Fallout from the recently settled lawsuit between three south Utah County cities and Strawberry Electric Service District will vary from city to city.
Spanish Fork could end up refunding up to $200,000 in electric impact fees, while Salem will pay back $87,500 in electric bonds. Payson, on the other hand, won't be making refunds, because it didn't charge the fee.Spanish Fork officials haven't decided whether the refund will go to the developer or homeowner, but Salem will write checks in both the developers' and homeowners' names. Both signatures will be required to cash the checks.
"They will have to decide who gets the money," said Mayor Randy Brailsford. "We're not going to referee."
The checks will include the electric bond or impact fee of $1,108.50, plus interest, less $30 for legal, administrative and consultant costs. Interest ranges from about $1.75 to $220, Brailsford said.
Spanish Fork and Salem have been collecting the fees since 1994 when the cities, including Payson, became embroiled in a dispute with Strawberry Electric over who had the right to provide electric service for new homes in annexed areas.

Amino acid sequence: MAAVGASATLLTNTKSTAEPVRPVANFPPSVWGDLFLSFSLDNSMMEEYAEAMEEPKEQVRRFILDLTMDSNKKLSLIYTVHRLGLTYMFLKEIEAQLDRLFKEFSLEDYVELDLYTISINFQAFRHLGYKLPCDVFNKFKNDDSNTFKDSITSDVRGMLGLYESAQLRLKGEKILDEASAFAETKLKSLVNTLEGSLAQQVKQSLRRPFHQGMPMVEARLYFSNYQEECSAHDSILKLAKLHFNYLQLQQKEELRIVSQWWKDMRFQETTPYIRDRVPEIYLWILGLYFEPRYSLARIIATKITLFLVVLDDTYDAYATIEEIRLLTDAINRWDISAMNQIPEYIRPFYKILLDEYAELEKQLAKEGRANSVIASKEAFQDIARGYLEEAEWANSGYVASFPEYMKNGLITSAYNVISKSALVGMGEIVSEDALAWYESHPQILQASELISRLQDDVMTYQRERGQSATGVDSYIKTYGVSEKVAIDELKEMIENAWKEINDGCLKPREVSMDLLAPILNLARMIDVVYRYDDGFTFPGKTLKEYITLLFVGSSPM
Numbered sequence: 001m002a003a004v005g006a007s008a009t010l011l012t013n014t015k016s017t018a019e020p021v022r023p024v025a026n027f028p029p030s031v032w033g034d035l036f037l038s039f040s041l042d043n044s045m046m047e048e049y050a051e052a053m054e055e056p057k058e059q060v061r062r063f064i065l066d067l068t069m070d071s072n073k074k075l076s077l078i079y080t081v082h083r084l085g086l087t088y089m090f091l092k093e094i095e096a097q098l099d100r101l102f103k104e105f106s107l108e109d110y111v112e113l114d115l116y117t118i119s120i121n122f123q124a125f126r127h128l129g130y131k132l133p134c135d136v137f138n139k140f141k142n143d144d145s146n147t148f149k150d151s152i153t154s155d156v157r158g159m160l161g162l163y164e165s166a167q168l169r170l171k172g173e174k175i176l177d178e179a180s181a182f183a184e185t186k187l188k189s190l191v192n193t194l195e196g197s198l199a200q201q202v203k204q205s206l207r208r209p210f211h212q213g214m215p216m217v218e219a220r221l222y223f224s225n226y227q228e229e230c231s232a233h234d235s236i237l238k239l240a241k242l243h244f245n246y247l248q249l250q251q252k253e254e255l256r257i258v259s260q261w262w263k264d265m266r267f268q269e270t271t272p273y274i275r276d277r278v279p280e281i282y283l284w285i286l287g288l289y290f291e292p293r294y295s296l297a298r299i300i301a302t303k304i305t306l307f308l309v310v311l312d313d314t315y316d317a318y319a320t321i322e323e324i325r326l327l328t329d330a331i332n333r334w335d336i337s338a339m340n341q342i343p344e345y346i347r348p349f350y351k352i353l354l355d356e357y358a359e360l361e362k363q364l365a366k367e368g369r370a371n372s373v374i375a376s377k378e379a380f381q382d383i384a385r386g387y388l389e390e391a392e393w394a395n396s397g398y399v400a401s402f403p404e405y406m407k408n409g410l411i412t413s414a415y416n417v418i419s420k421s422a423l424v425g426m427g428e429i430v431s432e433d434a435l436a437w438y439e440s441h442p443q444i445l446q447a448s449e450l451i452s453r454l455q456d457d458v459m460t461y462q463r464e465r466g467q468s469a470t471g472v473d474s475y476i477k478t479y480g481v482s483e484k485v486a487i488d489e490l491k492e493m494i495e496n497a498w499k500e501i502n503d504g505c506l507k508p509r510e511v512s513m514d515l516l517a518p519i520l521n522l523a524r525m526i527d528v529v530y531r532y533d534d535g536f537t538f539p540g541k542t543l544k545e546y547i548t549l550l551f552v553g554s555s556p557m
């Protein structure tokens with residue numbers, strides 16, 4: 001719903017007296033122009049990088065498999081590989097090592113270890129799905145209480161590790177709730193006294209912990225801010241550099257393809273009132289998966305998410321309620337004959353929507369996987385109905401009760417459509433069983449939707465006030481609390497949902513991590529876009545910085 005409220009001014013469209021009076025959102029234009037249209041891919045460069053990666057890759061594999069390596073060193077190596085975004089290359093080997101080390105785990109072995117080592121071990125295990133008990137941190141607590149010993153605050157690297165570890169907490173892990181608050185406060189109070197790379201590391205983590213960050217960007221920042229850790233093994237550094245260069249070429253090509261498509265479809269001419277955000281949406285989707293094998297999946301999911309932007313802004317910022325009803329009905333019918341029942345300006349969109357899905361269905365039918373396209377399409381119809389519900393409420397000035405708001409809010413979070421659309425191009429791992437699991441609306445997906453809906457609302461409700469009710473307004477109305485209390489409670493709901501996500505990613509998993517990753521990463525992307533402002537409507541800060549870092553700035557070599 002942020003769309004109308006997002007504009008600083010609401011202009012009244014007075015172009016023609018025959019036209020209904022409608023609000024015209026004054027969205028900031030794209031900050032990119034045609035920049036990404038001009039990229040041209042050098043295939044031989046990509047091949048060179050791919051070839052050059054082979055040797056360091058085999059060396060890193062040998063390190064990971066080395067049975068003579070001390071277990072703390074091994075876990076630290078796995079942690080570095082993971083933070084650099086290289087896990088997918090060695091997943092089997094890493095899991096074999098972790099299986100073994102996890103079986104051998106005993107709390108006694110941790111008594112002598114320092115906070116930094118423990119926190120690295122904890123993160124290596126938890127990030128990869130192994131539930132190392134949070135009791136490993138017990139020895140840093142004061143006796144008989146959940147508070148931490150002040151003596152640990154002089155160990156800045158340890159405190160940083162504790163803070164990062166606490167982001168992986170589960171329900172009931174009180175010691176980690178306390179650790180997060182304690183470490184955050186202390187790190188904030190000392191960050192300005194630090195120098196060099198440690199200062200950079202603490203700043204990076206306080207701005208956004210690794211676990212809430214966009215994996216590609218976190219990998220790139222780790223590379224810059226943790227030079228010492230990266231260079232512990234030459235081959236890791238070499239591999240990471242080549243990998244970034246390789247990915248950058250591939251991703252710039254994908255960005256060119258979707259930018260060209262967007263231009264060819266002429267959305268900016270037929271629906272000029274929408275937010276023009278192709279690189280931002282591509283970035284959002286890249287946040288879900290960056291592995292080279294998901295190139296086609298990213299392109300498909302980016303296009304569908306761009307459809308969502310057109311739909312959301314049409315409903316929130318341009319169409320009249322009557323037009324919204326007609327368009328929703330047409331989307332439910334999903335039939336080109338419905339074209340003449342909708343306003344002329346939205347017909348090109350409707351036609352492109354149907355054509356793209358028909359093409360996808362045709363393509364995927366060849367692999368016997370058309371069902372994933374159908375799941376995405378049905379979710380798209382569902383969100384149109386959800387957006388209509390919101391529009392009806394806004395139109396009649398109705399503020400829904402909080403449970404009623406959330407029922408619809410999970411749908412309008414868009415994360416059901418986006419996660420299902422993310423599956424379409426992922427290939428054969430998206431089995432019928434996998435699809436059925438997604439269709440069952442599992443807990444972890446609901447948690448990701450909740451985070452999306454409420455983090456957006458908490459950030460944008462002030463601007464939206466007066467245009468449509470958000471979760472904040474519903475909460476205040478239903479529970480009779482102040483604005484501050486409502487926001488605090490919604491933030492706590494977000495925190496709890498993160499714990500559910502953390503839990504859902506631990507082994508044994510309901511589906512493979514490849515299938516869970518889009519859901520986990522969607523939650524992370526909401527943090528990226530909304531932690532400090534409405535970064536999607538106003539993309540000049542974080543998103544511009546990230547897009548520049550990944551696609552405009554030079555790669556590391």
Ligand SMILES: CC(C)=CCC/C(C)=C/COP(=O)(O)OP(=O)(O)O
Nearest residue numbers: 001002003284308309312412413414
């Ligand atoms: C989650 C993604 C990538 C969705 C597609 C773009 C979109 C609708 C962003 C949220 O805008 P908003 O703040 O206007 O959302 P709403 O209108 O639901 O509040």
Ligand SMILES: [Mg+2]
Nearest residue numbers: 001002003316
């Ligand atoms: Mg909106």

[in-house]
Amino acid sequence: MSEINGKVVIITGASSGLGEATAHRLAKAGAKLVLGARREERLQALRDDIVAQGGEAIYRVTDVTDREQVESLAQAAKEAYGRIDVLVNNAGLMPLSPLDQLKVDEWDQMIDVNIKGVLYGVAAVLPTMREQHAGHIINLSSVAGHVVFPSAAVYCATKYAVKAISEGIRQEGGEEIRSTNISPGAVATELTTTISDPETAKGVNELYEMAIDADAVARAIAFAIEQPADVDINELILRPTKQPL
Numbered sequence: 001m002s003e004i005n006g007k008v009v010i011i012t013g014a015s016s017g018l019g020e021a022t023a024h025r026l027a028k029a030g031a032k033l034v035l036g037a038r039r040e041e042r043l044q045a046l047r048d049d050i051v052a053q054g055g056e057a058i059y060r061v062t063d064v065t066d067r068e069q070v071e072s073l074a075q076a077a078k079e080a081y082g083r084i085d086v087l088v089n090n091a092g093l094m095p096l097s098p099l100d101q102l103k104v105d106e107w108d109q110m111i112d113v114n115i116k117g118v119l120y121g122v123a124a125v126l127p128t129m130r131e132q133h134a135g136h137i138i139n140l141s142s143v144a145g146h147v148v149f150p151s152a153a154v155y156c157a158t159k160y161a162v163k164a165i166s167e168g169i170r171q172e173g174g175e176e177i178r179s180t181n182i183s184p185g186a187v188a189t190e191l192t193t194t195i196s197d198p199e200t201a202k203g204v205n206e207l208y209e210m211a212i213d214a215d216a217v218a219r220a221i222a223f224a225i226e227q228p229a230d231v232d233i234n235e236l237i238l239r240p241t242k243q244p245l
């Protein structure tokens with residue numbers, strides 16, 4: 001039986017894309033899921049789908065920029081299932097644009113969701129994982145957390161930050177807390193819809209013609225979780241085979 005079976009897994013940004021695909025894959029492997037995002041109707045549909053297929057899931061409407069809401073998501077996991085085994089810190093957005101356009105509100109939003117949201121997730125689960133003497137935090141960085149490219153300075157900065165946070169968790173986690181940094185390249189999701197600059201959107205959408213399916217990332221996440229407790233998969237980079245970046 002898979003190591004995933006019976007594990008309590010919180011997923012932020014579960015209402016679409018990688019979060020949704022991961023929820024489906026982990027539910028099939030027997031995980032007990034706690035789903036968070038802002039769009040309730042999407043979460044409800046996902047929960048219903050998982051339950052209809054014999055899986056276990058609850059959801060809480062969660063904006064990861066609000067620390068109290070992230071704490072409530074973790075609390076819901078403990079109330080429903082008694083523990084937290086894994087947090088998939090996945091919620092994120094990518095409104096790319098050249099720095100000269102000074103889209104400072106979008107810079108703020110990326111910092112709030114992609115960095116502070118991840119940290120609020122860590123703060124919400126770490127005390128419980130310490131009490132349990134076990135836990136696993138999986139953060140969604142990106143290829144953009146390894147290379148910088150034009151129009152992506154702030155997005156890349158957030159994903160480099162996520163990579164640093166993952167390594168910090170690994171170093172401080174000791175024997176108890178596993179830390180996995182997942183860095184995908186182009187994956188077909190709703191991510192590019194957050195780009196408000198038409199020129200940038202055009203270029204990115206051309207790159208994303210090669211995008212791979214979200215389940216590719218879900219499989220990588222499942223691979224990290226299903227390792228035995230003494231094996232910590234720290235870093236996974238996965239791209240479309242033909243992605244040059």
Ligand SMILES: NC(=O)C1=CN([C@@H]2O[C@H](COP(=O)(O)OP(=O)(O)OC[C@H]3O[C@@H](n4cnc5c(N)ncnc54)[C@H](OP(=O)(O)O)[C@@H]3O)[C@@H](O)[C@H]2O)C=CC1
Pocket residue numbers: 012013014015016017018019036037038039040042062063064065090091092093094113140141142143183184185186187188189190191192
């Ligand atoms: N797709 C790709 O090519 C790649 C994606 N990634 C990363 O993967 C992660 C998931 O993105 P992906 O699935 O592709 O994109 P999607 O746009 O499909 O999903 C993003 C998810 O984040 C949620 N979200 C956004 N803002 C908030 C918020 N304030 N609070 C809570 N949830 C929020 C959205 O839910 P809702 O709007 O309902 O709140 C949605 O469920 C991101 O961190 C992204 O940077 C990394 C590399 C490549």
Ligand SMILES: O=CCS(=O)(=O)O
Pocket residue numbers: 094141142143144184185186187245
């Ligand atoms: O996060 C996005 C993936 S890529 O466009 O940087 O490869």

"Anybody who received a building permit since 1994 in the affected areas" could potentially receive a refund if the Spanish Fork City Council rules that way, said Dave Oyler, city manager for Spanish Fork. Those areas consist of Spanish Fork's east bench, the west side and the Leland area.
The potential refunds are tied to an impact fee of $1,108.50 the two cities charged developers for each house they built in newly annexed areas. The money was held in escrow until the lawsuit was resolved. But the Utah Supreme Court later voided the fee. When the cities settled the final phases of the suit out of court, it was determined the electric service company wouldn't get that money.
Builder Rick Salisbury recently asked Spanish Fork officials to return the impact fees he paid, but the City Council instead asked the finance committee to sort out whether the builder or homebuyer should get the money. Council members Clyde Swenson and Sherman Huff, city finance officer Kent Clark, City Attorney Junior Baker and Oyler make up that committee.